This 2002 photo shows the New Jersey Turnpike-Newark Bay Extension (I-78) approaching its eastern terminus in Jersey City. I-78 continues into Manhattan via the Holland Tunnel. (Photo by Jim K. Georges.)

"If you like the mix of grim and hopeful, the Newark Bay Extension takes you past old cemeteries, a small mountain of rusted car hulks, and the back of the Statue of Liberty." - Jeffrey Page, writing in The Bergen Record

RELIEVING THE HOLLAND TUNNEL BOTTLENECK: When the Holland Tunnel was completed in 1927 and the Pulaski Skyway opened five years later, both provided modern, four-lane access between New York, Jersey City and Newark. Motorists were now able to travel from downtown Manhattan to Newark Airport in 20 minutes. By the 1950's, congestion along this route doubled the required commute time. In addition, because of its narrow four-lane, 40-foot-wide roadway, the skyway was closed to commercial vehicles. These factors necessitated construction of a new highway.

In 1954, the New Jersey Turnpike Authority began construction of an 8.2-mile-long turnpike spur from EXIT 14 (Newark Airport) to the Holland Tunnel toll plaza in Jersey City. At a cost of $120 million, or approximately $14.6 million per mile, the Newark Bay-Hudson County Extension was the most expensive toll highway to date. The Newark Bay Extension was to have interchanges in Bayonne, in Jersey City, and at the Holland Tunnel.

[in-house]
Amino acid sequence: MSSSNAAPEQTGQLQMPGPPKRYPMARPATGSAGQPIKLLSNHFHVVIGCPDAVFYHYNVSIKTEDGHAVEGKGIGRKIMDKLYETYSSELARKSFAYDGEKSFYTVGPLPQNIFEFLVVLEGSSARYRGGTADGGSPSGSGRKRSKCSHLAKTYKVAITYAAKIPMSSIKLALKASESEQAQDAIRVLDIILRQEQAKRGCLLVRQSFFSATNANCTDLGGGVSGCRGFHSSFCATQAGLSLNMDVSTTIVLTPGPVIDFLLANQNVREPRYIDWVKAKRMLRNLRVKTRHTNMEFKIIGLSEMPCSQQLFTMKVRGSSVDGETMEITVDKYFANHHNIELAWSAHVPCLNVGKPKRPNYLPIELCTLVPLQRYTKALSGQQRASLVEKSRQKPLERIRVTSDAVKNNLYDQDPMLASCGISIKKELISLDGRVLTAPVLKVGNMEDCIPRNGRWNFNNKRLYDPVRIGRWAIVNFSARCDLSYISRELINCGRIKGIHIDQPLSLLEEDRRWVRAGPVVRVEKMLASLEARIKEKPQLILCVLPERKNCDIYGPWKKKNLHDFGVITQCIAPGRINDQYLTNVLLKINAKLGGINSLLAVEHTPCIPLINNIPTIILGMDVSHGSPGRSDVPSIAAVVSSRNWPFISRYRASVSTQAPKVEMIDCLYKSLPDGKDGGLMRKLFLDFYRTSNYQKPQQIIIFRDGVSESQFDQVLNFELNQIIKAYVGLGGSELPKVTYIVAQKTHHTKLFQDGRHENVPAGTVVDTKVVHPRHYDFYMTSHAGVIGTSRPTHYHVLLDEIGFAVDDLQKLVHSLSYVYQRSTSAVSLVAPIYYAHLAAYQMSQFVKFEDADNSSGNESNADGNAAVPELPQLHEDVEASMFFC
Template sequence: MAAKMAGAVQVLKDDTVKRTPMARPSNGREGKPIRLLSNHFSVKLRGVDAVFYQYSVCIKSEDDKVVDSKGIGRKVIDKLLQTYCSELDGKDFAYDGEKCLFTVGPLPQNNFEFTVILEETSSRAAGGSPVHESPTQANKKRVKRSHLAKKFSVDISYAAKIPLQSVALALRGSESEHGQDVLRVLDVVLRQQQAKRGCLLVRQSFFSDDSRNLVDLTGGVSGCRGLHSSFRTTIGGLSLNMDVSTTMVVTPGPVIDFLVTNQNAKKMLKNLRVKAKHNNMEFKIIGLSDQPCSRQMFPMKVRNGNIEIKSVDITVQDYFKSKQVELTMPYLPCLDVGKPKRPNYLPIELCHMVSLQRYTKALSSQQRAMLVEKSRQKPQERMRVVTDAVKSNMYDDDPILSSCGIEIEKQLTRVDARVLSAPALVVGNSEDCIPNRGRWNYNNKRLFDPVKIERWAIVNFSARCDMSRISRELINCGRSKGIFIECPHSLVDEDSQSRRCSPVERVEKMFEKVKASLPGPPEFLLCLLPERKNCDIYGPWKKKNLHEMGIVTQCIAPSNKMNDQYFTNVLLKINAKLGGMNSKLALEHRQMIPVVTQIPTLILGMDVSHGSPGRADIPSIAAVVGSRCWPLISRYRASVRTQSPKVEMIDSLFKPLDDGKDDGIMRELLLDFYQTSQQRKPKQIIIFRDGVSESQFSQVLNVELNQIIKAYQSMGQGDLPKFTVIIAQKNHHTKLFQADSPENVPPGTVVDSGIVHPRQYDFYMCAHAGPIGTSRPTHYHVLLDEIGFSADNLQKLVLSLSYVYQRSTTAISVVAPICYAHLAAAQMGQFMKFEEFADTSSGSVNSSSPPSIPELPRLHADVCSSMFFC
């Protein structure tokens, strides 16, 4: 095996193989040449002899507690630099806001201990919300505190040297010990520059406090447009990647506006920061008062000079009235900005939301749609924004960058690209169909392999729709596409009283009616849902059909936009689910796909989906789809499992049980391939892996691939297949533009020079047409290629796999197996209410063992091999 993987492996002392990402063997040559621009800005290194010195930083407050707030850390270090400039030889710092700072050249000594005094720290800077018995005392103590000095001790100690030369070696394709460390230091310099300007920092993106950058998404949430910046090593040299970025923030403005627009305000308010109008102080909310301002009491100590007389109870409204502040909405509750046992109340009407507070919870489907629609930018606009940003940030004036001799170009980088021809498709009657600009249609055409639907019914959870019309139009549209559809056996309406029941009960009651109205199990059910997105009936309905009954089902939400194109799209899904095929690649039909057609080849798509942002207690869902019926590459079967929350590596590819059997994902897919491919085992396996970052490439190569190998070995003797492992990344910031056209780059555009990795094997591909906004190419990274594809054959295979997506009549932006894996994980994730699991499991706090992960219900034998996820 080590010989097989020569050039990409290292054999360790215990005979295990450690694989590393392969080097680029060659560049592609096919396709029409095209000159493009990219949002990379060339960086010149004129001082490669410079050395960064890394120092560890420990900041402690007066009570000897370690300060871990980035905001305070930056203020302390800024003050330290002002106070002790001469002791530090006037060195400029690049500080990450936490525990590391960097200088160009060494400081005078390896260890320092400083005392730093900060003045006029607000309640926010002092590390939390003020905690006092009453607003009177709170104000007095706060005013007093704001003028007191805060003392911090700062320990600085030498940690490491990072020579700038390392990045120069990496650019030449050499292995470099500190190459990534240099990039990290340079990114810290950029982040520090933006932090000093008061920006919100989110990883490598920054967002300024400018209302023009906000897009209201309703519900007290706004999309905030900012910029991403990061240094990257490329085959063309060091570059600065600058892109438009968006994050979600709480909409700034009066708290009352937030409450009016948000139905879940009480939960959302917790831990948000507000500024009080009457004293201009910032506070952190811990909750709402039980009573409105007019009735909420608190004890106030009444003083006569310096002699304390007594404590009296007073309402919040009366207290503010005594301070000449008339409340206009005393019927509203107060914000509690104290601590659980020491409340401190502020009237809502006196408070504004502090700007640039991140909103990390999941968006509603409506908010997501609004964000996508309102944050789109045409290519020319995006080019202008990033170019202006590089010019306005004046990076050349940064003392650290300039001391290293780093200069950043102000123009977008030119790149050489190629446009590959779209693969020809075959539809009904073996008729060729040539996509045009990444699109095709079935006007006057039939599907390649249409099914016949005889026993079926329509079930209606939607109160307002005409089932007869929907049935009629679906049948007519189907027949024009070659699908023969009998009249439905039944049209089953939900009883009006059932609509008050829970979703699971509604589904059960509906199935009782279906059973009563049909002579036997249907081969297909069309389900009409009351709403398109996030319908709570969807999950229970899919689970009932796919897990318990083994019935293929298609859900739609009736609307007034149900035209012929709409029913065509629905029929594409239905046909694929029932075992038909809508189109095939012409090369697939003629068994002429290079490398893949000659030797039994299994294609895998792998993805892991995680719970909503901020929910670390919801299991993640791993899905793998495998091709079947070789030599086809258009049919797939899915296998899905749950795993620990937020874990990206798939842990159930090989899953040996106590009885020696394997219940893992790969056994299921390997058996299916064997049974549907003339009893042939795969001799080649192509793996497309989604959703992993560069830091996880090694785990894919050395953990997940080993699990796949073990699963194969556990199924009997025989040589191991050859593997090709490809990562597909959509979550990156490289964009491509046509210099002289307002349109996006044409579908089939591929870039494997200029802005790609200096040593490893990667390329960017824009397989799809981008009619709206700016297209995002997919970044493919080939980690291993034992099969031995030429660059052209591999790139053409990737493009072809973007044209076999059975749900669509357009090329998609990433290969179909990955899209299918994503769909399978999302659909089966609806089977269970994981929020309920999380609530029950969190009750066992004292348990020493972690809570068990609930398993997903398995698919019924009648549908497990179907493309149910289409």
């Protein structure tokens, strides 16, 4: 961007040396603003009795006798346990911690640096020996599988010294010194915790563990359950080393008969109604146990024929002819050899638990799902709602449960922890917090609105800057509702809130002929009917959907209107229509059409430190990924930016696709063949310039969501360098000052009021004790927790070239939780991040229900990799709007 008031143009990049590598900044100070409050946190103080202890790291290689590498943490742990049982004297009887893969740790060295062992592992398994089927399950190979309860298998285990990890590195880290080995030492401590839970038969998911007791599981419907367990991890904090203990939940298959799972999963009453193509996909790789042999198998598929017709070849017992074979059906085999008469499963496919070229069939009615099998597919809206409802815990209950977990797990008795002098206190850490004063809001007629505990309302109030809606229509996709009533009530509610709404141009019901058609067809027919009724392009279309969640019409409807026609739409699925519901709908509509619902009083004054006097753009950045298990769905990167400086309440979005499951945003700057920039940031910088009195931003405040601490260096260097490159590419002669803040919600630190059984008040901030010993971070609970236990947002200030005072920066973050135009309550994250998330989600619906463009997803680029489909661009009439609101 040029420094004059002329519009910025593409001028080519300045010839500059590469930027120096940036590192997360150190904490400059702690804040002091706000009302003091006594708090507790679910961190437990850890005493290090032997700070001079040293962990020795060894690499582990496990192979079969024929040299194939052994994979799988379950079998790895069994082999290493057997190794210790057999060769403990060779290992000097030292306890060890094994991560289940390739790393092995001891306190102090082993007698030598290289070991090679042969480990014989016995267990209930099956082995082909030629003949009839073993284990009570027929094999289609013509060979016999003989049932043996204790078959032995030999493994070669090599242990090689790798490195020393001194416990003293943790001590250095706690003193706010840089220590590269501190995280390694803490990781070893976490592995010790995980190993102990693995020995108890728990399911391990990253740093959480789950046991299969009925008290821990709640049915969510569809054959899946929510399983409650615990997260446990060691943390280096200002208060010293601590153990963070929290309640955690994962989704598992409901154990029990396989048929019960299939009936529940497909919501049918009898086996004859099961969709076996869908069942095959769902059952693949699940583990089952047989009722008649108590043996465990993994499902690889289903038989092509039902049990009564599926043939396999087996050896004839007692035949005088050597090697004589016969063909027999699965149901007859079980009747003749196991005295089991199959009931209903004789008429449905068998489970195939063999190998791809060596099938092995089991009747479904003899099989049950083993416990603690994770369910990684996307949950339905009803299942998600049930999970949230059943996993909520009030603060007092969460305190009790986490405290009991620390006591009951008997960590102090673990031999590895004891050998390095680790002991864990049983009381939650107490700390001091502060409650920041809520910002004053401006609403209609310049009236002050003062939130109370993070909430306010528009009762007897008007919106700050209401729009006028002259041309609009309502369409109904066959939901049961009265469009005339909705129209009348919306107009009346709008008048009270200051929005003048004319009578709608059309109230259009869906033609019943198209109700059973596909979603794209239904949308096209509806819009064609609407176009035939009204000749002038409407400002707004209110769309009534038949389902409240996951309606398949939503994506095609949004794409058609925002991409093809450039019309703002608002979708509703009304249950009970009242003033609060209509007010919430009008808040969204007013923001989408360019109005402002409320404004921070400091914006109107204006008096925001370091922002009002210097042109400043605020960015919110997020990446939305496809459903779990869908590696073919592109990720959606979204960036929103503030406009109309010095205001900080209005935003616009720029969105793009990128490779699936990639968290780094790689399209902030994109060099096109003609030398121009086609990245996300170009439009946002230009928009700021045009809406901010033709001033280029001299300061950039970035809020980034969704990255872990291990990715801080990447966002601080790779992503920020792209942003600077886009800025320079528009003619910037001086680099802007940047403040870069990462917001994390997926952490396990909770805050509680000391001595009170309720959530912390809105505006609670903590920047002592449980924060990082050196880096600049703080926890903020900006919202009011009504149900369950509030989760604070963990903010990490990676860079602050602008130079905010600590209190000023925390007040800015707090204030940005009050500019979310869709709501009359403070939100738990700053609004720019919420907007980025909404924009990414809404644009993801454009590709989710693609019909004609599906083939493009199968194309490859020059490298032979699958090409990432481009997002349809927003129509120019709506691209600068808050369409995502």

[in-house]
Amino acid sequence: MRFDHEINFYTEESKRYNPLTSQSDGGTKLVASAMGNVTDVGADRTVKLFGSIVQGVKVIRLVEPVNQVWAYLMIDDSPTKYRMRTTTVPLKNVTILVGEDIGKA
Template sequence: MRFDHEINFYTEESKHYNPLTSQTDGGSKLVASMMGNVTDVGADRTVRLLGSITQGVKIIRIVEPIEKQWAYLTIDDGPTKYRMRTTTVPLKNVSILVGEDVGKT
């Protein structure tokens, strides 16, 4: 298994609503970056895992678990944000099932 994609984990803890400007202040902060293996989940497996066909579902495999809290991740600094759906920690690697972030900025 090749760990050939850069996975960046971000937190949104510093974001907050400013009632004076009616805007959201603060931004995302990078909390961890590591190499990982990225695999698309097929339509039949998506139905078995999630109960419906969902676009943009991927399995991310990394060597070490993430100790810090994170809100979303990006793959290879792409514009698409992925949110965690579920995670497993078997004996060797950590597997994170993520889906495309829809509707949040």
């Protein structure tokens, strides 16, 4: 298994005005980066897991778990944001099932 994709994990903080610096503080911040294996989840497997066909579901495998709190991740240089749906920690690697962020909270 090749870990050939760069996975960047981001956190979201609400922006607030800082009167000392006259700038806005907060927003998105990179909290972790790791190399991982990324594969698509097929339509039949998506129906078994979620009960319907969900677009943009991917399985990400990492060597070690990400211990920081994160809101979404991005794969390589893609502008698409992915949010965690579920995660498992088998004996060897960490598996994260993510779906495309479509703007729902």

The high cost of the turnpike extension stemmed from the complex construction that was required. Starting at the turnpike mainline and continuing east into Bayonne, a $40 million, 9,560-foot-long steel-arch bridge with a main span of 1,270 feet was constructed, carrying the turnpike over Newark Bay. Much of the route had to be elevated over four railroad lines, then sunk to dip down under a fifth railroad line. Several long truss spans were constructed to carry the roadway without interruption over local streets. Finally, the turnpike extension sliced through part of an Army base, requiring the construction and reconstruction of buildings and utilities to insure uninterrupted use by the military.

Part of the Newark Bay Extension between the turnpike mainline and EXIT 14A in Bayonne opened in April 1956. The entire turnpike extension was opened to traffic on September 15, 1956. Soon thereafter, the Newark Bay Extension was designated as part of Interstate 78, a highway that would not be completed through New Jersey and Pennsylvania until 1989. (Before its designation as an Interstate highway, the New Jersey State Highway Department designated the extension NJ 700N, using the suffix "N" to denote the Newark Bay Extension.

The Newark Bay Extension originally had two service areas, one each for the eastbound and westbound lanes, near EXIT 14A in Bayonne. These areas have since been closed.

In 1995, the span over Newark Bay was officially renamed the Vincent R. Casciano Bridge. As a member of the New Jersey State Assembly representing Bayonne, Casciano petitioned state officials and the New Jersey Turnpike Authority for the Newark Bay Extension in the early 1950's.